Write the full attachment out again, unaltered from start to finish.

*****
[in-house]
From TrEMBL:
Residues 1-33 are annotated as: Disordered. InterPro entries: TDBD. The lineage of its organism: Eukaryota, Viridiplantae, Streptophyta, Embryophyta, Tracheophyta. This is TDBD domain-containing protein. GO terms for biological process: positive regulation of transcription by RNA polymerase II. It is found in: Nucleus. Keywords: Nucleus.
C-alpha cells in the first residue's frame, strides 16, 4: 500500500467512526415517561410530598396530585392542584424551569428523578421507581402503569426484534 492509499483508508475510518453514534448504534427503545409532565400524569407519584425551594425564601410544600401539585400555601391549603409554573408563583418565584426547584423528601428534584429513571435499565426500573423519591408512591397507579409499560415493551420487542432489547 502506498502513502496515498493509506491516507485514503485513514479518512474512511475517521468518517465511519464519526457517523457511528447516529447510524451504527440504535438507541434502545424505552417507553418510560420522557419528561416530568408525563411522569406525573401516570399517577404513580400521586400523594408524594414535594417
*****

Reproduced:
[in-house]
From TrEMBL:
Residues 1-33 are annotated as: Disordered. InterPro entries: TDBD. The lineage of its organism: Eukaryota, Viridiplantae, Streptophyta, Embryophyta, Tracheophyta. This is TDBD domain-containing protein. GO terms for biological process: positive regulation of transcription by RNA polymerase II. It is found in: Nucleus. Keywords: Nucleus.
C-alpha cells in the first residue's frame, strides 16, 4: 500500500467512526415517561410530598396530585392542584424551569428523578421507581402503569426484534 492509499483508508475510518453514534448504534427503545409532565400524569407519584425551594425564601410544600401539585400555601391549603409554573408563583418565584426547584423528601428534584429513571435499565426500573423519591408512591397507579409499560415493551420487542432489547 502506498502513502496515498493509506491516507485514503485513514479518512474512511475517521468518517465511519464519526457517523457511528447516529447510524451504527440504535438507541434502545424505552417507553418510560420522557419528561416530568408525563411522569406525573401516570399517577404513580400521586400523594408524594414535594417